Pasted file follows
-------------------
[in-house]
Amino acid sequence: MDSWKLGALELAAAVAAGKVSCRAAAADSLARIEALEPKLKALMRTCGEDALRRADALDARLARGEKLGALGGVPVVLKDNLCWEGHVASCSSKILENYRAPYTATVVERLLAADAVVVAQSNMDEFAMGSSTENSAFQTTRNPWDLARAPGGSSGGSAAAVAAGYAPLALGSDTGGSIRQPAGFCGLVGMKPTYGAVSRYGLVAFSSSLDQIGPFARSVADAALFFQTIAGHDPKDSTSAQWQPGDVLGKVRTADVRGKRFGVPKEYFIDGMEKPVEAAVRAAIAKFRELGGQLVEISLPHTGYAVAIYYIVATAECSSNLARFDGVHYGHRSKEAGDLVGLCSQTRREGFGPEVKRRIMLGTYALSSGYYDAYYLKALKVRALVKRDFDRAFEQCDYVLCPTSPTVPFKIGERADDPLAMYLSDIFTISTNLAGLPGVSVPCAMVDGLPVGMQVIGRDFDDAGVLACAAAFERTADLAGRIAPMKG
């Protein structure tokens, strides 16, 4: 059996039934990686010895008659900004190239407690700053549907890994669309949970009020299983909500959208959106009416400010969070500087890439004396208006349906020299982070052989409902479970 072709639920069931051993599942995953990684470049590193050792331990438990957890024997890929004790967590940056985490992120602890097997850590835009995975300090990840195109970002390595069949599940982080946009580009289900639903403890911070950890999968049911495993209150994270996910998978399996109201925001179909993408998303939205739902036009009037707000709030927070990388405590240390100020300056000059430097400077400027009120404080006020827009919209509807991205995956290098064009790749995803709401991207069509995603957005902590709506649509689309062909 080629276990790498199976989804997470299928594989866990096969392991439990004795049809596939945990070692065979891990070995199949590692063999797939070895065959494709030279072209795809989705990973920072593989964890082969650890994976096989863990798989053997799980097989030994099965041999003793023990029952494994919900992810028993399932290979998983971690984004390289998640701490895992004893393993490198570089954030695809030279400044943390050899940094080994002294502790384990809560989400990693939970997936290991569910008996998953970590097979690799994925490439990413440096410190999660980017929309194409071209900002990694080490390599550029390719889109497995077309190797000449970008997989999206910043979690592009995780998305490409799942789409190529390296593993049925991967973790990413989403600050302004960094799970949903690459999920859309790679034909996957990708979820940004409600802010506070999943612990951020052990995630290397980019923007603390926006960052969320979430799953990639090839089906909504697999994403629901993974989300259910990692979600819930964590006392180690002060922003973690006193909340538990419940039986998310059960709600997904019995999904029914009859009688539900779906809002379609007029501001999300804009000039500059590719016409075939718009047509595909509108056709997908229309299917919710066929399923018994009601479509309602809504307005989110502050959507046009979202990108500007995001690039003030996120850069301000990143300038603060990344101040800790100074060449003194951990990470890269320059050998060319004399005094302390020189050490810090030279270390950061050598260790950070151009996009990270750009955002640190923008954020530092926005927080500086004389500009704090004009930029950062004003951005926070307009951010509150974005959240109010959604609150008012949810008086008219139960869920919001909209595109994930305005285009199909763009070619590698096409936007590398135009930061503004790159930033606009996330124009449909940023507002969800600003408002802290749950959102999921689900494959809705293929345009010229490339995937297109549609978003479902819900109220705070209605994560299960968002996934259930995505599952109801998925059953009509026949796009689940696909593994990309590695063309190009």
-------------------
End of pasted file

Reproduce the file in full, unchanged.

[in-house]
Amino acid sequence: MDSWKLGALELAAAVAAGKVSCRAAAADSLARIEALEPKLKALMRTCGEDALRRADALDARLARGEKLGALGGVPVVLKDNLCWEGHVASCSSKILENYRAPYTATVVERLLAADAVVVAQSNMDEFAMGSSTENSAFQTTRNPWDLARAPGGSSGGSAAAVAAGYAPLALGSDTGGSIRQPAGFCGLVGMKPTYGAVSRYGLVAFSSSLDQIGPFARSVADAALFFQTIAGHDPKDSTSAQWQPGDVLGKVRTADVRGKRFGVPKEYFIDGMEKPVEAAVRAAIAKFRELGGQLVEISLPHTGYAVAIYYIVATAECSSNLARFDGVHYGHRSKEAGDLVGLCSQTRREGFGPEVKRRIMLGTYALSSGYYDAYYLKALKVRALVKRDFDRAFEQCDYVLCPTSPTVPFKIGERADDPLAMYLSDIFTISTNLAGLPGVSVPCAMVDGLPVGMQVIGRDFDDAGVLACAAAFERTADLAGRIAPMKG
């Protein structure tokens, strides 16, 4: 059996039934990686010895008659900004190239407690700053549907890994669309949970009020299983909500959208959106009416400010969070500087890439004396208006349906020299982070052989409902479970 072709639920069931051993599942995953990684470049590193050792331990438990957890024997890929004790967590940056985490992120602890097997850590835009995975300090990840195109970002390595069949599940982080946009580009289900639903403890911070950890999968049911495993209150994270996910998978399996109201925001179909993408998303939205739902036009009037707000709030927070990388405590240390100020300056000059430097400077400027009120404080006020827009919209509807991205995956290098064009790749995803709401991207069509995603957005902590709506649509689309062909 080629276990790498199976989804997470299928594989866990096969392991439990004795049809596939945990070692065979891990070995199949590692063999797939070895065959494709030279072209795809989705990973920072593989964890082969650890994976096989863990798989053997799980097989030994099965041999003793023990029952494994919900992810028993399932290979998983971690984004390289998640701490895992004893393993490198570089954030695809030279400044943390050899940094080994002294502790384990809560989400990693939970997936290991569910008996998953970590097979690799994925490439990413440096410190999660980017929309194409071209900002990694080490390599550029390719889109497995077309190797000449970008997989999206910043979690592009995780998305490409799942789409190529390296593993049925991967973790990413989403600050302004960094799970949903690459999920859309790679034909996957990708979820940004409600802010506070999943612990951020052990995630290397980019923007603390926006960052969320979430799953990639090839089906909504697999994403629901993974989300259910990692979600819930964590006392180690002060922003973690006193909340538990419940039986998310059960709600997904019995999904029914009859009688539900779906809002379609007029501001999300804009000039500059590719016409075939718009047509595909509108056709997908229309299917919710066929399923018994009601479509309602809504307005989110502050959507046009979202990108500007995001690039003030996120850069301000990143300038603060990344101040800790100074060449003194951990990470890269320059050998060319004399005094302390020189050490810090030279270390950061050598260790950070151009996009990270750009955002640190923008954020530092926005927080500086004389500009704090004009930029950062004003951005926070307009951010509150974005959240109010959604609150008012949810008086008219139960869920919001909209595109994930305005285009199909763009070619590698096409936007590398135009930061503004790159930033606009996330124009449909940023507002969800600003408002802290749950959102999921689900494959809705293929345009010229490339995937297109549609978003479902819900109220705070209605994560299960968002996934259930995505599952109801998925059953009509026949796009689940696909593994990309590695063309190009």